FBI warns on the “ex-employee menace”
A few weeks ago, we told you that 89% of ex-employees retained access to at least one application from a former employer.
On Tuesday, the FBI announced that this kind of access poses “a significant cyber threat to US businesses.”
“The exploitation of business networks and servers by disgruntled and/or former employees has resulted in several significant FBI investigations in which individuals used their access to destroy data, steal proprietary software, obtain customer information, purchase unauthorized goods and services using customer accounts, and gain a competitive edge at a new company.”
According to the FBI, this risk has resulted in “several significant FBI investigations” and serious damages.
“A review of recent FBI cyber investigations revealed victim businesses incur significant costs ranging from $5,000 to $3 million due to cyber incidents involving disgruntled or former employees. Businesses reported various factors into their cost estimates, to include: calculating the value of stolen data, Information Technology (IT) services, the establishment of network countermeasures, legal fees, loss of revenue and/or customers, and the purchase of credit monitoring services for employees and customers affected by a data breach.”
FBI warning underscores Intermedia’s “Rogue Access Report”
Our report on the threat posed by ex-employees foreshadows today’s FBI announcement. Here are some of our eye-popping findings:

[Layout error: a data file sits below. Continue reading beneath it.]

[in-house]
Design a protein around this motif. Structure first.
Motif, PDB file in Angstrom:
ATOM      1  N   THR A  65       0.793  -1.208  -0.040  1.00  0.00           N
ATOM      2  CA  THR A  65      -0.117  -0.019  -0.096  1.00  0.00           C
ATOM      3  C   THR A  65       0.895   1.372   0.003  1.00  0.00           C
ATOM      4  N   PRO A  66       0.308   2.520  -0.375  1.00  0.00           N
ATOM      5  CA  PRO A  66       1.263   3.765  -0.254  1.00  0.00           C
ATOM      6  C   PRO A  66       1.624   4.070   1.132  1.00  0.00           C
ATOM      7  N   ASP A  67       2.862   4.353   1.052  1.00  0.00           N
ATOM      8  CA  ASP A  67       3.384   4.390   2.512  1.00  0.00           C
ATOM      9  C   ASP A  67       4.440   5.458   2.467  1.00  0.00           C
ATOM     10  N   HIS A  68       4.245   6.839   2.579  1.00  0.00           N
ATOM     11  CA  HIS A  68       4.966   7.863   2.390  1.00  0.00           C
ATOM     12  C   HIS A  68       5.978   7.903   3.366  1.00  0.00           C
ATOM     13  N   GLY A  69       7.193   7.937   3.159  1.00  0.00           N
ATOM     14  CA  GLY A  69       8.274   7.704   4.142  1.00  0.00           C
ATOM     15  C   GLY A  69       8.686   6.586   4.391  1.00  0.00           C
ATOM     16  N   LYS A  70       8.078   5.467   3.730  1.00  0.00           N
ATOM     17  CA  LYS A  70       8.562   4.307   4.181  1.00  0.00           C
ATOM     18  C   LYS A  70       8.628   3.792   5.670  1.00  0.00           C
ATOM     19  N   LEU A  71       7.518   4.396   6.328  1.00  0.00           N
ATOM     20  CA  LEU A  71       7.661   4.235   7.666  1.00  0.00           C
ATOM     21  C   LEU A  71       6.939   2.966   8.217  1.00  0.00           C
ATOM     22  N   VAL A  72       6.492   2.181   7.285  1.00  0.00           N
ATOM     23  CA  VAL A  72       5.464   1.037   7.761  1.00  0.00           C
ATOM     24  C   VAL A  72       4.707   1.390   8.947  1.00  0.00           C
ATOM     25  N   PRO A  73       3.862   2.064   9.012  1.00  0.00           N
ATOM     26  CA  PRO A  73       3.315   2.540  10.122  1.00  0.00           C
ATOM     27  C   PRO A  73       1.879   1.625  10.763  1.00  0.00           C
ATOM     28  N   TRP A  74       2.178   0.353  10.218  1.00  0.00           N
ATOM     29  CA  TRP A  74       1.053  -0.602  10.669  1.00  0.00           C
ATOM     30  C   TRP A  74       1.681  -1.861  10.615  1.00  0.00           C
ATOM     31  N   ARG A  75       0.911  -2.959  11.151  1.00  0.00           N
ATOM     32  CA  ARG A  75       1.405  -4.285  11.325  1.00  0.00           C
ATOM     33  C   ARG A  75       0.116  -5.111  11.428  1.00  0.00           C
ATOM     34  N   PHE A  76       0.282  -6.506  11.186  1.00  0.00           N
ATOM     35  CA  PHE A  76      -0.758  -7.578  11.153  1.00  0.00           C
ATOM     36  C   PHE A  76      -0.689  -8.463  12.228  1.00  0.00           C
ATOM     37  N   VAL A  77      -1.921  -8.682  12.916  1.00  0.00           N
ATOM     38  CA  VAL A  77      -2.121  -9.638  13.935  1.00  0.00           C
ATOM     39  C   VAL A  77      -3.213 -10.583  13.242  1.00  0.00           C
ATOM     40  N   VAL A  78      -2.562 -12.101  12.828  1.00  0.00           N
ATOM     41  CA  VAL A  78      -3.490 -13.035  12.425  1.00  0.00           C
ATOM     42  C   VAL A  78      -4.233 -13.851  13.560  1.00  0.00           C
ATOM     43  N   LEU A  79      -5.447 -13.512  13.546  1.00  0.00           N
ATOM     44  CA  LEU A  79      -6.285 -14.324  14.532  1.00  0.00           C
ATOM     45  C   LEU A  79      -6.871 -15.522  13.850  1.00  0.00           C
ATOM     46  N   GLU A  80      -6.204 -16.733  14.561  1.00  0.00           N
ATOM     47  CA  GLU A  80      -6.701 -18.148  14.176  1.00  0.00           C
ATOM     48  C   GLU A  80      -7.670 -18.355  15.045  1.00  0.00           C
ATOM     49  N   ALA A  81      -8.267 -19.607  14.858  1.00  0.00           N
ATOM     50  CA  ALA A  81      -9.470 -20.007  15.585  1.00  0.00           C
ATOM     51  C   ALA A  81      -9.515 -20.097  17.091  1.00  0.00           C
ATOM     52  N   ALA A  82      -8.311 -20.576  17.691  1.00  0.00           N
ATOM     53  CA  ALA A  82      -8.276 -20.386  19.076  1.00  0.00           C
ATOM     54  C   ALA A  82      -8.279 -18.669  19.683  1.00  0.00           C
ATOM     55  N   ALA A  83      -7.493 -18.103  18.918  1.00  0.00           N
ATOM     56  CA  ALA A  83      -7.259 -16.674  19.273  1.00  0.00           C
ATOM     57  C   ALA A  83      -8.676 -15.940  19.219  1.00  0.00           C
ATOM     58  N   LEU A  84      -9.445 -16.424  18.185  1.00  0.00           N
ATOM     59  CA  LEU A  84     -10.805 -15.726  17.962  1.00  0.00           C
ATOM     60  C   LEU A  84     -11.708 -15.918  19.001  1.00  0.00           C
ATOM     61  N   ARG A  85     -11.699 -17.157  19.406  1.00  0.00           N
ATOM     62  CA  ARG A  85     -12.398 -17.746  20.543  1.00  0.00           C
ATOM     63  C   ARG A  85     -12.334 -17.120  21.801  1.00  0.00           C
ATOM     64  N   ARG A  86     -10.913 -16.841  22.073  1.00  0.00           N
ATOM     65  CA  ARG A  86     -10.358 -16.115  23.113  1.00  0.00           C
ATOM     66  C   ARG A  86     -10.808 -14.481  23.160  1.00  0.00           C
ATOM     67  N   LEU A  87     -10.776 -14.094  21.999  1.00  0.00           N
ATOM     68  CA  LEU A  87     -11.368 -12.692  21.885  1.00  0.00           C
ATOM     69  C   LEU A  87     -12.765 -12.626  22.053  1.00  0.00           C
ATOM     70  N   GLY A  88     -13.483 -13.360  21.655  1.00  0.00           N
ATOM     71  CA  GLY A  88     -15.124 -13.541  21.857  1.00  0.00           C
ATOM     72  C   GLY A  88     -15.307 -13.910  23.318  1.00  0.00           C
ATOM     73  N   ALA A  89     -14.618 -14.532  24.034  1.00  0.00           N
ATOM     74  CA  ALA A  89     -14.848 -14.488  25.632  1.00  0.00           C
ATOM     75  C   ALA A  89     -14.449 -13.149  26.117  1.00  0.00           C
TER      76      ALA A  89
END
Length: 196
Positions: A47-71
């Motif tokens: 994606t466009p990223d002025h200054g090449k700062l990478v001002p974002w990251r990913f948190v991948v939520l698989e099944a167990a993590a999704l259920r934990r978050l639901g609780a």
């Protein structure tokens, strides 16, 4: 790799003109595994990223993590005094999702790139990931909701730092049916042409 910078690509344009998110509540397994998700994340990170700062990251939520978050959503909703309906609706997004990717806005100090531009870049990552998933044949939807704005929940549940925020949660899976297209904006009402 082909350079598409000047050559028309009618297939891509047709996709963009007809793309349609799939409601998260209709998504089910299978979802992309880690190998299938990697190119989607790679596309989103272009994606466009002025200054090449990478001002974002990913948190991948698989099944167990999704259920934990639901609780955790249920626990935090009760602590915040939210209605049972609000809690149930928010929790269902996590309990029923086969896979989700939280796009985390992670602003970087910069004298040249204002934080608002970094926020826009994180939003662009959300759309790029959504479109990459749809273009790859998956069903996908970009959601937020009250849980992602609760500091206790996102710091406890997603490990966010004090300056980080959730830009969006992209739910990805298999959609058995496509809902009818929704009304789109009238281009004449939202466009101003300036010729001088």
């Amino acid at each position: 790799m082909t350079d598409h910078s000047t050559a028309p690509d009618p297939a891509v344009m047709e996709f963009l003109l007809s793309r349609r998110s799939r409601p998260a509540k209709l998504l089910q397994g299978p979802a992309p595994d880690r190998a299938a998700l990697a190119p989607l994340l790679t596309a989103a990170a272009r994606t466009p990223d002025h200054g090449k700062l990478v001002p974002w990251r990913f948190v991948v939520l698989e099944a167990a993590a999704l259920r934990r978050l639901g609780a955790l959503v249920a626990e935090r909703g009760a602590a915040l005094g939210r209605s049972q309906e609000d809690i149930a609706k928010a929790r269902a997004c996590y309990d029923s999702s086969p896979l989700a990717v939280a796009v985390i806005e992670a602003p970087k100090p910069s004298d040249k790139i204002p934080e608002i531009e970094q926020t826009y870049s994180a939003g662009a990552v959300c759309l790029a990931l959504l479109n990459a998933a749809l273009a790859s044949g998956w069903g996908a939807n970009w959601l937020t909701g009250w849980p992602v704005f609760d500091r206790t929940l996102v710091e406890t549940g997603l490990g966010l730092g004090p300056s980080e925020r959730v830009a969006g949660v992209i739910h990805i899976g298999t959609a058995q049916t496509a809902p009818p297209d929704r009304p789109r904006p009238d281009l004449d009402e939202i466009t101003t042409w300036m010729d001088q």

- An incredible 89% of our survey respondents retained access to Salesforce, email, SharePoint and other sensitive corporate apps
- This includes 24% who retained access to corporate Paypal accounts
- 45% could access what they consider “confidential” or “highly confidential” data
- Almost 50% admit that they’ve logged in to their ex-employer’s systems
In our report, we offer a number of best practices for controlling ex-employee access. In its announcement, the FBI offered a number of tips to combat this threat that echoed our recommendations. Their tips include:
- Conduct a regular review of employee access and terminate any account that individuals do not need to perform their daily job responsibilities
- Terminate all accounts associated with an employee or contractor immediately upon dismissal
- Change administrative passwords to servers and networks following the release of IT personnel